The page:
12. eksfiles

    eksfiles Member

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    I have a MIJ 1968 Re-issue strat which was made in 1996 I believe. With the exception of replacing the bridge pickup to a Dimarzio FS-1, I've left everything stock. It is my number 1 go to guitar, and I have other American strats and teles to compare it to. Even though the middle and neck I left stock, they aren't that bad sounding. Not the best but hardly the worst. Before you swap all pickups out, try it first, you might be pleased.
     
  13. Gasp100

    Gasp100 Silver Supporting Member

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    I recently bought a CIJ 1997? Strat. I'm very, very impressed with the guitar. The only thing I have changed so far is moving the tone control to the bridge pup. I may replace the bridge pup to get something stacked that can give me a little more meat, but overall it's great.
    This was the ST62RI-58US which I believe is the 62RI, $58,000 yen when new and US "vintage" pickups which are supposed to be a step up from their standard pickups AND the version with Texas Specials.
    I have a similar CIJ Tele 2007? also ST62RI-TX so this has the Texas Specials and they RIP in the Tele.
    Small pots and a more modern switch in the strat (haven't opened up the Tele). I guess I could redo the wiring/pots/caps but honestly these sound and feel great. I gig them both regularly 2-3x a month.

    VERY HAPPY!
     
  14. wbm68

    wbm68 Member

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    I recently got a ~1999 CIJ Strat for $300. Looks like a '62 with rosewood board in sunburst. The pickups, whatever they are, are really really good. I will not replace them.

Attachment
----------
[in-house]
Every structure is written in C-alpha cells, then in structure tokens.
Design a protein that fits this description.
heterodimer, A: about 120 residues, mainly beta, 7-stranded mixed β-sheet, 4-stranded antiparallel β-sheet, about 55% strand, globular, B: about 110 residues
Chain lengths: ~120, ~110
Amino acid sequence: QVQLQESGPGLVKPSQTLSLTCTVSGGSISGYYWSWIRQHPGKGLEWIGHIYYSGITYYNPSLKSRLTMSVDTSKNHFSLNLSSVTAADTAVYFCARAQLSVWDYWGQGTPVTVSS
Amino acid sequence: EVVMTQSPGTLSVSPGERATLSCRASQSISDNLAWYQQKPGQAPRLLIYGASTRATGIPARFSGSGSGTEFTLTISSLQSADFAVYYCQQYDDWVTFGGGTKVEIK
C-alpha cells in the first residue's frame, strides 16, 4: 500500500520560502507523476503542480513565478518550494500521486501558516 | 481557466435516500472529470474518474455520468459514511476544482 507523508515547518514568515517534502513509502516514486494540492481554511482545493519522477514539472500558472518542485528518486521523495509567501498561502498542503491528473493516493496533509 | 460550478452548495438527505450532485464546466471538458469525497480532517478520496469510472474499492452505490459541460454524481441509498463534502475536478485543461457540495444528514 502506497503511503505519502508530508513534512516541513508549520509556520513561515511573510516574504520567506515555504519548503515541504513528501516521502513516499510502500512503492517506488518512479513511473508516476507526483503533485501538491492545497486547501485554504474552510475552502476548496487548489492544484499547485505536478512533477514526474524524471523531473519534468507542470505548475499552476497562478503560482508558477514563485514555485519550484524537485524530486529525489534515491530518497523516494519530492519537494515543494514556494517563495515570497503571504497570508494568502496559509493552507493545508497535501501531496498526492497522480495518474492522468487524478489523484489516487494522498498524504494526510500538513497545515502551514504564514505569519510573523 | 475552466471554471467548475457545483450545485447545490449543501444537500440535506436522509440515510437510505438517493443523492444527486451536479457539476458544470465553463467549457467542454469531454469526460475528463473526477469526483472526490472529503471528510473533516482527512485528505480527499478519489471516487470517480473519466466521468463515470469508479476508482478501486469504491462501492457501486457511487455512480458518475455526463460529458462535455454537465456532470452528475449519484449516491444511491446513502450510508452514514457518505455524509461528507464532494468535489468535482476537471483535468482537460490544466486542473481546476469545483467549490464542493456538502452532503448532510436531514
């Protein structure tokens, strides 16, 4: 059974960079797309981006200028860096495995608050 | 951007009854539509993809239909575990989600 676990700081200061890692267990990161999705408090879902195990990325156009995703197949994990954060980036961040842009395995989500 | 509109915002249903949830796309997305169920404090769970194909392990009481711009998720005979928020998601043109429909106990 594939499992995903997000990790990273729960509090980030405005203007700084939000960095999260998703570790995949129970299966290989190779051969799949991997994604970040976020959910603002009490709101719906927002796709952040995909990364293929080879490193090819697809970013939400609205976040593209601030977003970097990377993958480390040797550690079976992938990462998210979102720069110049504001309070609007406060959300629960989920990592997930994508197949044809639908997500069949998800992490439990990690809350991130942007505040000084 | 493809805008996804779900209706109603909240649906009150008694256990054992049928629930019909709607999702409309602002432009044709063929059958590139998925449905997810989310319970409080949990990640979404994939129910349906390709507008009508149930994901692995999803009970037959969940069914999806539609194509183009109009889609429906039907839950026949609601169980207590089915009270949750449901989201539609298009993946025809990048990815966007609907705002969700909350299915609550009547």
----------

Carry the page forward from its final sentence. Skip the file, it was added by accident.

The only thing I did was a refret with bigger frets and put the tone on the bridge pup.
     
  15. sanrico

    sanrico Member

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    I disagree on JV's being no better. Get the right year and you have something with completely correct period wiring and nitro finish. GREAT guitars, but you will pay well for them.
     
  16. telelion

    telelion Member

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    Indeed the JV's were styled to be more vintage correct, the pickups are better but still not very good IMO, and the finishes being nitro is a plus not to mention the 2 tone burst was nice. But they were essentially the same guitar(sen ash as well), built side by side, just that the finishing touches on the SQ's had the big headstock, non vintage tuners(which I think perform better actually) and the 3 bolt neck and probably a few other things. A 72 Reissue. But from what I have read, the neck and bodies at inception were from the same source. Great wood is what I attribute their cult status too but I know on TGP wood is a controversial topic. Rolled fingerboards and guitars that out of the box felt like custom instruments also helped. JV's and SQ's play great and sound great. One of the high water marks in Fender history IMO.

    I agree with you that the JV's were GREAT guitars and if it wasn't for the fact that one can get SQ's on a good day for around $400, I would pay the price for the JV's if SQ's did not exist, though the prices are getting pretty high.
     
  17. groovington

    groovington Member

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    I've got a '90 MIJ 50's Reissue. It's got the '54 thick v-shape maple neck with a little flame, and '57 2-tone sunburst body. Mine is one of the "domestic" models that was made to be sold in Japan, so it's made of Alder and has a nice thin coat of nitro; or at least I believe it's nitro, as I've never seen poly look so good like this one. It is a killer guitar and immediately became my favorite strat, even better than my Clapton strat. The attention to detail and build quality is about as good as it can get.
     
  18. nnajar

    nnajar Member

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    my first decent electric guitar was a MIJ '90 HRR strat. I put EMG's in it and it's a terrific instrument. It has a kahler steeler term (starting in '91 they began using OFR trems)